That time I volunteered to build a school in Malawi, Africa

Northern Star contributor Alma Garcia (fifth from left) stands in 2008 with native Malawian teenagers 2008 in Chitunda, Malawi.

I was 16 when I first felt one with nature. I was standing alone in the middle of the beautiful Malawi countryside under the brilliant glow of the moon and her stars. It was a stunning experience that I’d never thought possible.

Being a kid from Chicago, I’d grown up under the cloudy orange glow of pollution. Standing in Malawi, everything felt perfect and true. I felt like I was where I was meant to be, doing what I was meant to do. It is a feeling I’ve been trying to replicate since that trip to Malawi in the spring of 2008.

I was one of 12 fortunate Chicago Public School student volunteers selected for the trip via the service organization buildOn. Community service was my driving force during high school. By graduation I’d volunteered a cumulative 300 hours with buildOn.

This wonderful organization provides students from low-income urban communities with the opportunity to serve within their city and to support the access of education for children in the world’s developing countries like Malawi.

The trip consisted of spending two weeks in the rural village of Chitunda, during which student volunteers assisted the village with the construction of the foundation for a school. I’ll never forget the smiles and excitement of the kids.

The village previously had a single classroom with no desks or chairs, and only boys could attend class. The importance and impact of our service was immediately evident.We worked very hard during the day to get as much construction done for the school as possible.

The evenings consisted of cultural activities, learning about the community, dining with our host families and stories by the fire. Most of the village only spoke a local dialect of Chichewa, but I was fortunate enough to make friends with local boys who spoke English.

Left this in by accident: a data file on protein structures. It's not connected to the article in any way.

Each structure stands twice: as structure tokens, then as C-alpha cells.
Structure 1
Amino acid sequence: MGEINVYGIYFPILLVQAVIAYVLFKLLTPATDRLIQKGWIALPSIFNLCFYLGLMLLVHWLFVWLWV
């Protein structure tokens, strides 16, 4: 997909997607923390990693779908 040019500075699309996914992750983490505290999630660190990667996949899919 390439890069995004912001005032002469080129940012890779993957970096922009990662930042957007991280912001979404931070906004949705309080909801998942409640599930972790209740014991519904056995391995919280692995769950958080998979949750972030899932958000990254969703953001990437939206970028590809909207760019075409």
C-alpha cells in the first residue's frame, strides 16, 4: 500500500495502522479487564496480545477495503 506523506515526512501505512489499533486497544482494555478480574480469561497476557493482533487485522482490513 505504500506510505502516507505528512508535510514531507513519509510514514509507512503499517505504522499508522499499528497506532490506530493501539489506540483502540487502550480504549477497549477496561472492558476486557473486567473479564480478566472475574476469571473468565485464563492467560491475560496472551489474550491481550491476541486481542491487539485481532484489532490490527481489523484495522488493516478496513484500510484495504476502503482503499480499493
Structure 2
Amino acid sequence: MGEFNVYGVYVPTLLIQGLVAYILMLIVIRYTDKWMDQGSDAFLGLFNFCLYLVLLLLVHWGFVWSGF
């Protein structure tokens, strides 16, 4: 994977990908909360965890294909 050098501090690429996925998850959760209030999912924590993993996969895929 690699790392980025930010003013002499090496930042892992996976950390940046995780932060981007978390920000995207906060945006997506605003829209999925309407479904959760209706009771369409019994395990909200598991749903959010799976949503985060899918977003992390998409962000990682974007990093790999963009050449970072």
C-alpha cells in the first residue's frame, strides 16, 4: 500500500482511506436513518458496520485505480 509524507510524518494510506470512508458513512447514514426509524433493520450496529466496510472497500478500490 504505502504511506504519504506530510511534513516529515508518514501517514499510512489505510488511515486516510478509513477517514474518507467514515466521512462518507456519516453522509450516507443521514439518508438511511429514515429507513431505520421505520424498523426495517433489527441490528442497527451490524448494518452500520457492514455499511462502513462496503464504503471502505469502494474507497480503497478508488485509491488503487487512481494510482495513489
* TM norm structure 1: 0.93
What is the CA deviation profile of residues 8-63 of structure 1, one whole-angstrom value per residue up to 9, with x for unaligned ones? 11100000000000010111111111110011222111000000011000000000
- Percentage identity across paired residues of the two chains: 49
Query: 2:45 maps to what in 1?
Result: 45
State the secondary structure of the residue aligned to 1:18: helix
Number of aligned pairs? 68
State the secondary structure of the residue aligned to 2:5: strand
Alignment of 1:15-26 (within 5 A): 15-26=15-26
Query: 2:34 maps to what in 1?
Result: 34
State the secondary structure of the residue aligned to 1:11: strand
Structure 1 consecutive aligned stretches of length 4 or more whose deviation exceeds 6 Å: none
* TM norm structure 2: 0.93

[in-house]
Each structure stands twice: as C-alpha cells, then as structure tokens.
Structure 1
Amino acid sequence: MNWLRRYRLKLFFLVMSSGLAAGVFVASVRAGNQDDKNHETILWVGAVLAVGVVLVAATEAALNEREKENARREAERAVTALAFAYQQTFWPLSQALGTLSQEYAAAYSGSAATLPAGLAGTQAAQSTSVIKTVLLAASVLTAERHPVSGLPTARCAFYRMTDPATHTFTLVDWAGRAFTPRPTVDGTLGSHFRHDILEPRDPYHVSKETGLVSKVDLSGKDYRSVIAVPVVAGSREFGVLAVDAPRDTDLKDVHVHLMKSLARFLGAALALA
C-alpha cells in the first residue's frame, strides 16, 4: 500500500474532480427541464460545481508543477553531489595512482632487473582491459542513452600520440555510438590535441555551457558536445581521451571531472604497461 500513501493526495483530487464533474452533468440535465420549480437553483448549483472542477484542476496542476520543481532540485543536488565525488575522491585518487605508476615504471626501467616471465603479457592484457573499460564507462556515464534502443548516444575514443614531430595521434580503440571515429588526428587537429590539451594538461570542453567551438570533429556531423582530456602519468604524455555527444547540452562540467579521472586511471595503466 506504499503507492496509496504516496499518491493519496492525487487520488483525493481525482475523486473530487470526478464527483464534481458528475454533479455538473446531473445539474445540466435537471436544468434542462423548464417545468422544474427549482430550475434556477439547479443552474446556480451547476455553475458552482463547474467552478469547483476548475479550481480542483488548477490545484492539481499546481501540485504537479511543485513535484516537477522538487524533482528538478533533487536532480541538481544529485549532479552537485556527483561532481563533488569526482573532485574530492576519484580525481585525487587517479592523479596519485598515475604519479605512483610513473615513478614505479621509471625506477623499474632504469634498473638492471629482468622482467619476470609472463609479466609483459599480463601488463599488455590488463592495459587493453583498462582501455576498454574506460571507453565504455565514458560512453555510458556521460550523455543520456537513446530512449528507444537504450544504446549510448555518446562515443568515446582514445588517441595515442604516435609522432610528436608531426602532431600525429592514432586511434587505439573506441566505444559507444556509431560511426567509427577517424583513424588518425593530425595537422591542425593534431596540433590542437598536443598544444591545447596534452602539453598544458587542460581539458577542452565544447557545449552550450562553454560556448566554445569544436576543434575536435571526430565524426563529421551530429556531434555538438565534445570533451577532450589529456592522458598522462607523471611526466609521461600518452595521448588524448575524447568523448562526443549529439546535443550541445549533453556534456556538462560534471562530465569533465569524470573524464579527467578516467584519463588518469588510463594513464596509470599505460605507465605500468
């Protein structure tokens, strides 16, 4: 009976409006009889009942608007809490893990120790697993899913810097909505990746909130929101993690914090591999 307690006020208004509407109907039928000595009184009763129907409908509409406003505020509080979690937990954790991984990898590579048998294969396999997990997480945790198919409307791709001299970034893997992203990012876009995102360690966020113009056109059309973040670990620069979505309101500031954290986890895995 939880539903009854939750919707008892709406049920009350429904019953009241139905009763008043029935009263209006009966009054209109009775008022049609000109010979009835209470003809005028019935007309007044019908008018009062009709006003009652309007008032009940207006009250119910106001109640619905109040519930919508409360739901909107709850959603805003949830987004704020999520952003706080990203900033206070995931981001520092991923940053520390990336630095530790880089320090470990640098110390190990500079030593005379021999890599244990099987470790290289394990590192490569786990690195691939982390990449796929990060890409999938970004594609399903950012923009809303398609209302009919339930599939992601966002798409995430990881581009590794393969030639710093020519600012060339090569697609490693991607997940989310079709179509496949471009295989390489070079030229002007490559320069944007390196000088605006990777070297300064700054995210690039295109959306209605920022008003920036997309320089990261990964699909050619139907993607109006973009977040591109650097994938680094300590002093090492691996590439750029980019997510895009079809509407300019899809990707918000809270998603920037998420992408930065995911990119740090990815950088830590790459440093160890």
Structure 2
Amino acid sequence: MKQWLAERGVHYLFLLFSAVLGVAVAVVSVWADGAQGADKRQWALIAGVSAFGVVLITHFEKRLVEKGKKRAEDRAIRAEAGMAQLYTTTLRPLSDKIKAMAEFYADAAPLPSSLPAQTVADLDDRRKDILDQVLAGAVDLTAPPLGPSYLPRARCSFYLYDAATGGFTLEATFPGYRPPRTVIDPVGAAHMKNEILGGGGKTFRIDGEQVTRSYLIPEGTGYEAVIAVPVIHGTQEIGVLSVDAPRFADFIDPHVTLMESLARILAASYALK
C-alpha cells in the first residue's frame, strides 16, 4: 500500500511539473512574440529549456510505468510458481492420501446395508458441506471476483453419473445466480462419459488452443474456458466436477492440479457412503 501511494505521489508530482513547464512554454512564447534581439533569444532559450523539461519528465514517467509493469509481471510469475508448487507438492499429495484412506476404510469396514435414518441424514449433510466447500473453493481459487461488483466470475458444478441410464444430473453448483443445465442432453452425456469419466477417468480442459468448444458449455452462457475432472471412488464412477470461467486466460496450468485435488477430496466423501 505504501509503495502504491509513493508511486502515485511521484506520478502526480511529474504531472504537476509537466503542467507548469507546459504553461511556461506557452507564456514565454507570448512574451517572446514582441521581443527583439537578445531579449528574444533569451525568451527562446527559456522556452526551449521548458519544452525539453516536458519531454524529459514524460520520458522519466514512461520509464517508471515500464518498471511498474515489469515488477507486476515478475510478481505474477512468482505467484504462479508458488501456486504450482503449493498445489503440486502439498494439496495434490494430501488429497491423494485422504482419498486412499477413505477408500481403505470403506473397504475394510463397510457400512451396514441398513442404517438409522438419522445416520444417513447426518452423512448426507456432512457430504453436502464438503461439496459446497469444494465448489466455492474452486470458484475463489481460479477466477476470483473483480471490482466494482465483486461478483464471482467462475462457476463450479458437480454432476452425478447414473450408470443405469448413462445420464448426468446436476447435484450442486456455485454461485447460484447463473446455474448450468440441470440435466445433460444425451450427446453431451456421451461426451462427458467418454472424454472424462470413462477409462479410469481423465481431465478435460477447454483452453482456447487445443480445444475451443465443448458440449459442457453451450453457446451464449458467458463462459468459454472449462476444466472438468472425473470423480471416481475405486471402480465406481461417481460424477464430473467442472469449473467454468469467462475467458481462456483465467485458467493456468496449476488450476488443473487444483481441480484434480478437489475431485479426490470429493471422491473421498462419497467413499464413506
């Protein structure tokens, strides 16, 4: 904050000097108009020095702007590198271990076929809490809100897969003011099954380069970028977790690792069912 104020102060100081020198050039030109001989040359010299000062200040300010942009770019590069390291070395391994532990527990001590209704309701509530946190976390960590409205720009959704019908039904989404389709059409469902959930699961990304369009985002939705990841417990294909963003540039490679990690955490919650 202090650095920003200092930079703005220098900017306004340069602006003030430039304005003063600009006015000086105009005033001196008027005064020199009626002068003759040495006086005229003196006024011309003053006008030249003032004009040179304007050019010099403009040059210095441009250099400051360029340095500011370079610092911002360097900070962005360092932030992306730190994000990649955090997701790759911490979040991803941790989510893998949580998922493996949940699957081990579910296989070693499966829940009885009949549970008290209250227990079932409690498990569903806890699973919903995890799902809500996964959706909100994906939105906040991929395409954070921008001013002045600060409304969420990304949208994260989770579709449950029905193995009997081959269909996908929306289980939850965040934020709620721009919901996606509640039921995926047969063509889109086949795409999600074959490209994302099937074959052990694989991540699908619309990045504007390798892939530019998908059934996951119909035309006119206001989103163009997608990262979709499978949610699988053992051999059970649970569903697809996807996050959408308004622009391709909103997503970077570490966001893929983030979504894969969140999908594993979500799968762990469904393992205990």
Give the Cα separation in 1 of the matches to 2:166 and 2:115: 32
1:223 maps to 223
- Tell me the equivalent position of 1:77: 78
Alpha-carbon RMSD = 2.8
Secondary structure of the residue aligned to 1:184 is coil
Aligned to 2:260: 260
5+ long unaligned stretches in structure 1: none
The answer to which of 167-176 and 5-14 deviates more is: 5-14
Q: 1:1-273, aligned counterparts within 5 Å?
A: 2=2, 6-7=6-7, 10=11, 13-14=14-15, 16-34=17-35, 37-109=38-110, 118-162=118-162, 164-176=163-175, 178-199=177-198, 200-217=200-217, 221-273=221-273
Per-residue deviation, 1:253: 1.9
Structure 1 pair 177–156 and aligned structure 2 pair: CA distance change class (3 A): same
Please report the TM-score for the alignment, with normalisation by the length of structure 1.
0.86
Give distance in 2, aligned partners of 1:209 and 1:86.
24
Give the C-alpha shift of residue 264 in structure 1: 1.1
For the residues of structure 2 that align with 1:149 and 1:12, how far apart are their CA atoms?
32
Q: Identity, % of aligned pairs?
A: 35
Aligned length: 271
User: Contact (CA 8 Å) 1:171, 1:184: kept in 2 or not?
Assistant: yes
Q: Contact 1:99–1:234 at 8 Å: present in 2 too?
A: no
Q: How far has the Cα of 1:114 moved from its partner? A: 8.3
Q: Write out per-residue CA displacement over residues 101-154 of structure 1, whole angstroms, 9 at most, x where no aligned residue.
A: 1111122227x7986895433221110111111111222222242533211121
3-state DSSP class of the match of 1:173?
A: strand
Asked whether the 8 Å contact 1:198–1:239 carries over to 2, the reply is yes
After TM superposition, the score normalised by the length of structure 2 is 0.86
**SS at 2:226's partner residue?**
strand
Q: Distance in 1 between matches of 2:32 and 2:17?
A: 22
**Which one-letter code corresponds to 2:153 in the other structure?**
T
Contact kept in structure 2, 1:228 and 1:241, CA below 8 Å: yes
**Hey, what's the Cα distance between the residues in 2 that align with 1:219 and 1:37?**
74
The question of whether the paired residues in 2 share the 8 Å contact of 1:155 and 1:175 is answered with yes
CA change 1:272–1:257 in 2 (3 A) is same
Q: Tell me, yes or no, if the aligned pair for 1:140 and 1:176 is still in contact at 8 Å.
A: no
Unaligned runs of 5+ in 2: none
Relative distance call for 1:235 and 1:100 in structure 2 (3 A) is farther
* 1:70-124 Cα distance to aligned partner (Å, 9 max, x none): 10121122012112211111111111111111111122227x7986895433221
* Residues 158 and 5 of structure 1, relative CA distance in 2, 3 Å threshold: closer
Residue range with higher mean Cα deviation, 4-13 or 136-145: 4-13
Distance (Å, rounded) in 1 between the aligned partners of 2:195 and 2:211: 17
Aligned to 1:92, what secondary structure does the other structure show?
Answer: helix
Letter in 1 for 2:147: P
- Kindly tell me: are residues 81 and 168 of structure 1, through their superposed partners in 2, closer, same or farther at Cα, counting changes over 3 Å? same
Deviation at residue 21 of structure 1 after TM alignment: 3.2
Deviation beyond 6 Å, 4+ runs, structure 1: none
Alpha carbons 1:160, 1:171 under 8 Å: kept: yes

One of my fondest memories of this trip was an evening by the fire when my hut partner, Paw Say Ku, who was a recent Burmese refugee, and I discussed our backgrounds and teenage experience with the boys.

Paw explained how the violence and unrest in Burma led her to the United States. She described leaving her beloved extended family and her culture behind for a big city and a new language.

I provided my own background, having been born in Chicago as a result of my parent’s migration from Mexico due to poverty and lack of opportunity.

The teens translated the information to a crowd of children sitting around us, and soon they began to ask questions.

The children were amazed to learn that not everyone from the United States is an English-speaking white person.

I remember drawing a very basic map of the world on the ground; I went through a brief history of the world and the United States.

We ended the evening by sharing words from our different languages.

Paw shared a few words in Burmese, I contributed a bit of Spanish and the children taught us some Chichewa.

My time in Malawi is one of my fondest high school memories. I learned more about myself in those 14 days than through all four years of high school.

At the foot of Mount Chitunda, I realized how much I truly enjoy serving to improve the conditions of those less fortunate than myself and my passion for both learning and delivering information to curious minds.

If it is something that is possible for you, I strongly encourage you to volunteer your time, skills and resources to help your community in any degree possible.

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